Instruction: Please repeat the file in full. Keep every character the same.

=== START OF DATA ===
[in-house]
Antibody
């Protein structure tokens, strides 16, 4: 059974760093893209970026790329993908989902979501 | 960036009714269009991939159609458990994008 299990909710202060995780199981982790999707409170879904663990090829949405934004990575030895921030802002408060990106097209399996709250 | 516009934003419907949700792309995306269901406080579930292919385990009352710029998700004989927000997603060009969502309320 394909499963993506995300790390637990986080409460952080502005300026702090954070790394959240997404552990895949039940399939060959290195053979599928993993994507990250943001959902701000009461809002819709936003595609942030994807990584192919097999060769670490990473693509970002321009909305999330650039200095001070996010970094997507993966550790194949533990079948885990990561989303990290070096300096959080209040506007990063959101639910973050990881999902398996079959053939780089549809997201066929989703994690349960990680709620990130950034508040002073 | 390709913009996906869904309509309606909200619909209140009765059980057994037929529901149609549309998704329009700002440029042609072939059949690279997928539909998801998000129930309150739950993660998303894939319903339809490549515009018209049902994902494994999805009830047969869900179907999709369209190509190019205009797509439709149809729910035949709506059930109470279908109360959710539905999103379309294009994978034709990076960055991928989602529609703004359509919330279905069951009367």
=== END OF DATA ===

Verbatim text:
[in-house]
Antibody
């Protein structure tokens, strides 16, 4: 059974760093893209970026790329993908989902979501 | 960036009714269009991939159609458990994008 299990909710202060995780199981982790999707409170879904663990090829949405934004990575030895921030802002408060990106097209399996709250 | 516009934003419907949700792309995306269901406080579930292919385990009352710029998700004989927000997603060009969502309320 394909499963993506995300790390637990986080409460952080502005300026702090954070790394959240997404552990895949039940399939060959290195053979599928993993994507990250943001959902701000009461809002819709936003595609942030994807990584192919097999060769670490990473693509970002321009909305999330650039200095001070996010970094997507993966550790194949533990079948885990990561989303990290070096300096959080209040506007990063959101639910973050990881999902398996079959053939780089549809997201066929989703994690349960990680709620990130950034508040002073 | 390709913009996906869904309509309606909200619909209140009765059980057994037929529901149609549309998704329009700002440029042609072939059949690279997928539909998801998000129930309150739950993660998303894939319903339809490549515009018209049902994902494994999805009830047969869900179907999709369209190509190019205009797509439709149809729910035949709506059930109470279908109360959710539905999103379309294009994978034709990076960055991928989602529609703004359509919330279905069951009367």